Florida Republicans introduce copycat version of extreme Texas abortion ban

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Florida Gov. Ron DeSantis previously called the Texas law 'interesting' and said he would 'look more significantly at it.'

A Republican state legislator in Florida filed a bill on Wednesday that would ban abortions in the state before many people even know they're pregnant, as well as deputize private citizens to enforce it by authorizing a bounty-like system.

The legislation is nearly identical to the nearly total ban on abortion that went into effect in Texas earlier in September.

Like the Texas law, the Florida bill seeks to ban abortions once the cellular electrical activity that politicians mislabel "cardiac activity" can be detected — usually around six weeks' gestation. Given that pregnancy is calculated from the first day of the last menstrual cycle, that gives people just two weeks to decide they want an abortion, obtain an appointment, and undergo the procedure — and that's only if someone finds out they are pregnant on the day they miss their period.

According to the Florida bill, which was introduced by GOP Rep. Webster Barnaby, a "physician may not knowingly perform or induce an abortion on a pregnant woman unless the physician has determined, in accordance with this section, whether the woman's unborn child has a detectable fetal heartbeat."

Once the electrical activity is detected, the procedure would no longer be legal.

The nearly total ban on abortion would have the same enforcement mechanism as the Texas law, deputizing private citizens to file lawsuits against anyone who "knowingly engages in conduct that aids or abets the performance or inducement of an abortion."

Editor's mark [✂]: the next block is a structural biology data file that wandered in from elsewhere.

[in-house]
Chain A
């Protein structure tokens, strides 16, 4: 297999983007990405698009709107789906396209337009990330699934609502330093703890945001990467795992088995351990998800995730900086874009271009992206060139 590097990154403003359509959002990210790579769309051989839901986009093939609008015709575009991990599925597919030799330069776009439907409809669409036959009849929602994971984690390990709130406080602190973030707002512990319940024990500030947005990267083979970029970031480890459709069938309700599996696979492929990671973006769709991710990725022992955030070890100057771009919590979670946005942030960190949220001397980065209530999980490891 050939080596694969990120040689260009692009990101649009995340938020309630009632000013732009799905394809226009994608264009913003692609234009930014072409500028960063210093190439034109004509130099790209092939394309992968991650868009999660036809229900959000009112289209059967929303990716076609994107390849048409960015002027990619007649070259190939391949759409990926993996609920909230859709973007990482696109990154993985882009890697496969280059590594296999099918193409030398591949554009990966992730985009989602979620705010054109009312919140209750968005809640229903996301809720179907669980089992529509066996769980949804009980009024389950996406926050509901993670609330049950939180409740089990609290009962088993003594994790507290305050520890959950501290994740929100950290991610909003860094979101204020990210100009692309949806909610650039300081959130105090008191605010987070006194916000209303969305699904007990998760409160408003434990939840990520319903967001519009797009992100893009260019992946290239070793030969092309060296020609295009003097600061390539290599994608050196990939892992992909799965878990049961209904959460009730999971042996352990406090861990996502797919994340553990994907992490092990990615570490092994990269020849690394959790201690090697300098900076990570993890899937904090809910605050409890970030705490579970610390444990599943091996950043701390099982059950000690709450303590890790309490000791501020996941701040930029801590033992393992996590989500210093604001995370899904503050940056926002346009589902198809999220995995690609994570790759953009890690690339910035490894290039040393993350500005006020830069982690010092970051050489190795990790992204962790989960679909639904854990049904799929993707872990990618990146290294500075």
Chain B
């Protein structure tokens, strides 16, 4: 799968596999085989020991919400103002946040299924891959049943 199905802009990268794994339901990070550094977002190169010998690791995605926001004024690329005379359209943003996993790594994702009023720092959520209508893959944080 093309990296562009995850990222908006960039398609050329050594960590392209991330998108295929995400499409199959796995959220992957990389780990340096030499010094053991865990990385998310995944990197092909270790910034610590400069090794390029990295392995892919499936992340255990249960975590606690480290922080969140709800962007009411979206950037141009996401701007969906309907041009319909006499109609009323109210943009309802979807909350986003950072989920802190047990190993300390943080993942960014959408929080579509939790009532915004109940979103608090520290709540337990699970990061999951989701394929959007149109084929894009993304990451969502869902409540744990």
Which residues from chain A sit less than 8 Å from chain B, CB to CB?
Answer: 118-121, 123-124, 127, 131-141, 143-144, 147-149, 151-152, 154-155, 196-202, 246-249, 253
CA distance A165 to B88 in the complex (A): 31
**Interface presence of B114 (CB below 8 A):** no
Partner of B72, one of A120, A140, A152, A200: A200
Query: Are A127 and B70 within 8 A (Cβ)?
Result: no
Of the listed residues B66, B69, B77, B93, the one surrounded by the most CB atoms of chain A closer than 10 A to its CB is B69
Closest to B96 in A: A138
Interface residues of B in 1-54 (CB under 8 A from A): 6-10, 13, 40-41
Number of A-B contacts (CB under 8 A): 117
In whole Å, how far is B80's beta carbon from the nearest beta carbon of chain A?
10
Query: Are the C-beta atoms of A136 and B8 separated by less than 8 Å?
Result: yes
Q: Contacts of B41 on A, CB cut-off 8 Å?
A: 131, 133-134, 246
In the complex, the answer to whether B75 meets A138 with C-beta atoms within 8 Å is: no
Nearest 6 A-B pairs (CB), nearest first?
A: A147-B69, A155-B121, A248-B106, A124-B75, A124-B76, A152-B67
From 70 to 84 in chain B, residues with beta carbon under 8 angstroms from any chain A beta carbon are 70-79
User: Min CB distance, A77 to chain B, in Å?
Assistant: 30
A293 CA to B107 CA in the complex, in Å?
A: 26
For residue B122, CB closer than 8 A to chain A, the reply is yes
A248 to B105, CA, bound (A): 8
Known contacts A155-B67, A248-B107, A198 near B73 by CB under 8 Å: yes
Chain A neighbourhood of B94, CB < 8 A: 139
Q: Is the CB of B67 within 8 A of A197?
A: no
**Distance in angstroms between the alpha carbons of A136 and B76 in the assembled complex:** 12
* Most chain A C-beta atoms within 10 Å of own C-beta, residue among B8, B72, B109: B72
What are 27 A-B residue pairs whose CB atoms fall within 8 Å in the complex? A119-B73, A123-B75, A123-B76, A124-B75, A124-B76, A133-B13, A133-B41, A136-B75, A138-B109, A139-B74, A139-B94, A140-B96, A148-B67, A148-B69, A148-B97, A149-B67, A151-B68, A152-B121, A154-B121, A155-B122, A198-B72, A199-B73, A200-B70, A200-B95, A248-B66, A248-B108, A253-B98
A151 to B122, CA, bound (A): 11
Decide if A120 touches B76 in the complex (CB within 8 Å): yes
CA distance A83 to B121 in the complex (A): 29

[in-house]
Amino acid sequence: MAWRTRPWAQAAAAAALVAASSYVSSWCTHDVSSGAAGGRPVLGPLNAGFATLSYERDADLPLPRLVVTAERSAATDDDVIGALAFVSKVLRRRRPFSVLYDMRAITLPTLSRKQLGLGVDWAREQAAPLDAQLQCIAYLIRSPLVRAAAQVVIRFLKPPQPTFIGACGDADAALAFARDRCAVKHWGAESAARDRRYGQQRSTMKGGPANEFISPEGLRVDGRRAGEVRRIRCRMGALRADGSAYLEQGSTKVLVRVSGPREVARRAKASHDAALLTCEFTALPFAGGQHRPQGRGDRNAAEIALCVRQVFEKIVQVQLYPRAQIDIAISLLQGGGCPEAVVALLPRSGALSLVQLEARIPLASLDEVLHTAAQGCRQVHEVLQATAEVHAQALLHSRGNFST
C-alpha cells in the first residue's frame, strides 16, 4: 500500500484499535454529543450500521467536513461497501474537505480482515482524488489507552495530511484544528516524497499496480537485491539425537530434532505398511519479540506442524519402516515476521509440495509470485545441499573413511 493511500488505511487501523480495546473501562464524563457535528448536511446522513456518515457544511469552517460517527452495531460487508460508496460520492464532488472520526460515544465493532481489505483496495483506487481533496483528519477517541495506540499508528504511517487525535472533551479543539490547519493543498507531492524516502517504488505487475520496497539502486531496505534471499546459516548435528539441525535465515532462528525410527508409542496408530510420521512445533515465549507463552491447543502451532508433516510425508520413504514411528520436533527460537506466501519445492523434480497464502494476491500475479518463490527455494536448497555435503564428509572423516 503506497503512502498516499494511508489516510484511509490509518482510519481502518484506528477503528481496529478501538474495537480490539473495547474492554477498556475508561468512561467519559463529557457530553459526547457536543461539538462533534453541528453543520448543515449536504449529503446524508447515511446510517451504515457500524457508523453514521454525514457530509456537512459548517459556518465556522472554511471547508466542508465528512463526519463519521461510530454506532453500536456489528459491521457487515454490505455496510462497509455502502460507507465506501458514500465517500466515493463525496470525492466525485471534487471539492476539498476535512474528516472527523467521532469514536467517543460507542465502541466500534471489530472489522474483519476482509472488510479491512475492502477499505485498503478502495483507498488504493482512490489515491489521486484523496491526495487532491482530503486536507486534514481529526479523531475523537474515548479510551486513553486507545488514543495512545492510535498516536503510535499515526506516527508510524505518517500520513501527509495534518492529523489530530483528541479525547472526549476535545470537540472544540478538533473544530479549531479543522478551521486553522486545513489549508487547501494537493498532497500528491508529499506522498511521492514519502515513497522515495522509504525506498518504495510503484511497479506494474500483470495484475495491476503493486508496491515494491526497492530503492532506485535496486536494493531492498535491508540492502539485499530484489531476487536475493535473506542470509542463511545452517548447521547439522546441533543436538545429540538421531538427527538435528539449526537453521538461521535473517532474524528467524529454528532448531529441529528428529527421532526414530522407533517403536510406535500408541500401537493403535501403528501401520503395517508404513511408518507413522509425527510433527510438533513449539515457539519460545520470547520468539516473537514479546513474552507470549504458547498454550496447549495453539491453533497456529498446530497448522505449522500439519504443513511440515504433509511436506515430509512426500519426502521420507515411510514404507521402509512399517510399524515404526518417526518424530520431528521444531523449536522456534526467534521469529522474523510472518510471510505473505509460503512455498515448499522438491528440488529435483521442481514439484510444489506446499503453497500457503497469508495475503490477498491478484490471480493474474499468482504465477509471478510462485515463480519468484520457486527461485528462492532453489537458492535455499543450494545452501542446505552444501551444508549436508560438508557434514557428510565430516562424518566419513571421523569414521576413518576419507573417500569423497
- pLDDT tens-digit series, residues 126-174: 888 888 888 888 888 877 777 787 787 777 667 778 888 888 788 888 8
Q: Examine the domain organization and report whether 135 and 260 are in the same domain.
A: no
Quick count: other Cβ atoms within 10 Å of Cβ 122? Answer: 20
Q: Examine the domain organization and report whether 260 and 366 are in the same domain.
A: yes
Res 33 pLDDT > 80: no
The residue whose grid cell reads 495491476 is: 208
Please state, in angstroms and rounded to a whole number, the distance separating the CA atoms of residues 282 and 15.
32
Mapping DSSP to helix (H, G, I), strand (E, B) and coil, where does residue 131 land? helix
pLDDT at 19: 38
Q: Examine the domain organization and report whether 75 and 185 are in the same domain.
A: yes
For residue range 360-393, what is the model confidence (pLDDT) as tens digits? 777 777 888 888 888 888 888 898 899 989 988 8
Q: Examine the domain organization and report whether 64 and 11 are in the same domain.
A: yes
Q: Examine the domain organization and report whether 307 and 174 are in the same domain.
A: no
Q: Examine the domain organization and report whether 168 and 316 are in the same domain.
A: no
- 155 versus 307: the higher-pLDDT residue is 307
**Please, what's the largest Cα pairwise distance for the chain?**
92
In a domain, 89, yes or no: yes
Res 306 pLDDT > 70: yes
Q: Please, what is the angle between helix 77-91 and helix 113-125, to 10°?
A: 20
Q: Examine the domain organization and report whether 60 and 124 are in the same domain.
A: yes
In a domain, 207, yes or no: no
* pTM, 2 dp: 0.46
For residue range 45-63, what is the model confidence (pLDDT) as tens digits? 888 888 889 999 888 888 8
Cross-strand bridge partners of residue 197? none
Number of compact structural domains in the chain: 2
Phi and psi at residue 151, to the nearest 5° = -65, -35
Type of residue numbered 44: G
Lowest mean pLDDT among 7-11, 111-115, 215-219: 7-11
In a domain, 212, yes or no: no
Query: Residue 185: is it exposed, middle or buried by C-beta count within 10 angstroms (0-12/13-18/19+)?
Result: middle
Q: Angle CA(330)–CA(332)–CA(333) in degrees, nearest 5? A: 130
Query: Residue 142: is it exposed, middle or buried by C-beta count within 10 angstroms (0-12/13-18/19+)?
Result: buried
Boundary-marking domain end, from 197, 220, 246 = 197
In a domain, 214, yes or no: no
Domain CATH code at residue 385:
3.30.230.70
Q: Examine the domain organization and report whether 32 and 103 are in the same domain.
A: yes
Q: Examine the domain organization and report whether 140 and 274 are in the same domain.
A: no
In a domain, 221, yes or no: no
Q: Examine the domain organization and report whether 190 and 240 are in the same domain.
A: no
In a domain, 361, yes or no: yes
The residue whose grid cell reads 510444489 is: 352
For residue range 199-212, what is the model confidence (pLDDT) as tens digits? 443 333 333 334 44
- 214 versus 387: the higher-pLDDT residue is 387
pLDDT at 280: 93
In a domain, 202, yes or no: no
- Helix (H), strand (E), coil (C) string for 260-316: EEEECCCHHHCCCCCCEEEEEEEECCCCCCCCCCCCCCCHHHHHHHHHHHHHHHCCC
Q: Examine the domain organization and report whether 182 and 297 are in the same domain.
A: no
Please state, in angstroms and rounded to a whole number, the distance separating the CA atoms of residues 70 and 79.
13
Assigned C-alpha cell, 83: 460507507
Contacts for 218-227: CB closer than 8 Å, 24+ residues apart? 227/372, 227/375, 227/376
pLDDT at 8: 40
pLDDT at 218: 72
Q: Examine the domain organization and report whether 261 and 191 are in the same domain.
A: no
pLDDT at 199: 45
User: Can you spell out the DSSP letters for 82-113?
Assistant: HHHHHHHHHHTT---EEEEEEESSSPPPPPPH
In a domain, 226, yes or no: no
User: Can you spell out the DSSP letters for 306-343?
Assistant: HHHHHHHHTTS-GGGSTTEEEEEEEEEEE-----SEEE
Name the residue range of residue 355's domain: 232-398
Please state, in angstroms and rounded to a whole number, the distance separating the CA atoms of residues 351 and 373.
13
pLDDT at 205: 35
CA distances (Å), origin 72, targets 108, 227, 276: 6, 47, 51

Both the Florida bill and the Texas law contain provisions stating that if a private citizen successfully sues someone who aids or abets an abortion procedure, they will receive damages of "at least $10,000," as well as funds to cover attorneys fees and other costs associated with the lawsuit.

Republican officials across the country previously vowed to pass abortion bans similar to the one in Texas after the Supreme Court allowed the Texas law to go into effect, despite the fact that it clearly violates Roe v. Wade.

Among those Republicans was Florida Gov. Ron DeSantis. Earlier in September, DeSantis, who supports overturning Roe v. Wade, called the Texas law "interesting" and said that he was "going to look more significantly at it."

Abortion providers say the Texas law is effectively an outright ban on nearly all abortions, as many people don't even know they are pregnant at six weeks' gestation. Data from abortion rights groups says that between 85% to 90% of abortions are performed after that six-week cutoff.

It's unclear whether the Texas law will remain on the books permanently, as it is still being litigated through the court system. Opponents are using creative methods to try to overturn the law, filing two lawsuits against a doctor who admitted to performing an abortion in the Texas after the six-week pregnancy mark in the hope that the suits will lead judges to strike the law down altogether, the New York Times reported.

Political analysts say extreme abortion policies like the law in Texas could hurt the GOP's electoral chances in the 2022 election by mobilizing the critical suburban women voting bloc against Republican candidates.

Polling shows specifically that women voters do not approve of the Texas law and support abortion rights more broadly.

Published with permission of The American Independent Foundation.